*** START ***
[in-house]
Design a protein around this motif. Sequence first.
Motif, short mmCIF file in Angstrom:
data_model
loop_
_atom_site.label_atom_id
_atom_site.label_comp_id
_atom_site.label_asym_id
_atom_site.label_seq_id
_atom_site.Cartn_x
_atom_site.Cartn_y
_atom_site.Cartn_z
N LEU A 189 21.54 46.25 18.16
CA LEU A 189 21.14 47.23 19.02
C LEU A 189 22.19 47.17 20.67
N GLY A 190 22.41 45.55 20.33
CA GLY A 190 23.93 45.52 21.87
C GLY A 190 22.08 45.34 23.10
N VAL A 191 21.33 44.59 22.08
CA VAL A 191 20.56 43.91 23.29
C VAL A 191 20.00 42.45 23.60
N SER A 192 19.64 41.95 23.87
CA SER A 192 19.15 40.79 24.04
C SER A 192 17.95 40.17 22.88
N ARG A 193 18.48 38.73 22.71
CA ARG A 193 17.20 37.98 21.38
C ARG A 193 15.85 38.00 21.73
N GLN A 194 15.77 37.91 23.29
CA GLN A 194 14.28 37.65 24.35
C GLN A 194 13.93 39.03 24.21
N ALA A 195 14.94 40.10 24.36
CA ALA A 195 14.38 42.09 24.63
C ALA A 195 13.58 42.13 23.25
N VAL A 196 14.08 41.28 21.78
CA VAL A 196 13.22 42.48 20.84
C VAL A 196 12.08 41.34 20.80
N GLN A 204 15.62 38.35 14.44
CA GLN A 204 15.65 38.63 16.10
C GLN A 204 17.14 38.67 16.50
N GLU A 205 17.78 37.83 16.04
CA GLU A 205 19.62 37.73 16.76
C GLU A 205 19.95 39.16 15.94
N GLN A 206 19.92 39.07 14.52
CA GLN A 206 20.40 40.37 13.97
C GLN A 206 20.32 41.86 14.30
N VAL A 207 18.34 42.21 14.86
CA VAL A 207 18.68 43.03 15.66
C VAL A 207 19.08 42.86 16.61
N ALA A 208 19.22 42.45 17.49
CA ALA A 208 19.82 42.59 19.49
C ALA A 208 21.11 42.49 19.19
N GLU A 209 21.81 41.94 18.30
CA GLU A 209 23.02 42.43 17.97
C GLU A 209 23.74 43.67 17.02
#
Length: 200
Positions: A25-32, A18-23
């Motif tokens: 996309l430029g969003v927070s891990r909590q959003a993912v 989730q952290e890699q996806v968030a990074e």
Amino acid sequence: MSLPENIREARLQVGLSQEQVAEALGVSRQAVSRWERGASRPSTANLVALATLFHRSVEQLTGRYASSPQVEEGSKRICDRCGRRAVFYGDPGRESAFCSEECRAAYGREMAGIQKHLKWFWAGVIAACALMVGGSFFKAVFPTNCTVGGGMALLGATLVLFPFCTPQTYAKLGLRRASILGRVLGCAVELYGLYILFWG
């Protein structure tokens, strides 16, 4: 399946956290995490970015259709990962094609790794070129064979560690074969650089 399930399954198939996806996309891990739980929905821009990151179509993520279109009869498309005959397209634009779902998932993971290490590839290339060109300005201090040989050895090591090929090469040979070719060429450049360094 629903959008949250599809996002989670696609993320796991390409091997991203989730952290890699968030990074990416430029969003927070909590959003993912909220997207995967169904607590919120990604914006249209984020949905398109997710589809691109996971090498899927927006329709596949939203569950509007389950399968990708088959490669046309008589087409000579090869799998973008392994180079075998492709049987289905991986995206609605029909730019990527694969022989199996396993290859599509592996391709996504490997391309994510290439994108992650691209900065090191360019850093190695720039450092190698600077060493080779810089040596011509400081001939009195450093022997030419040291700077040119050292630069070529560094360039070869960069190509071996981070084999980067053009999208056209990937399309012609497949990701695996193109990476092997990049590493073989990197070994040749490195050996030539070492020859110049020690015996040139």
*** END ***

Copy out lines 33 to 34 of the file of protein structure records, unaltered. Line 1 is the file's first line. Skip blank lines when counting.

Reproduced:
C ALA A 195 13.58 42.13 23.25
N VAL A 196 14.08 41.28 21.78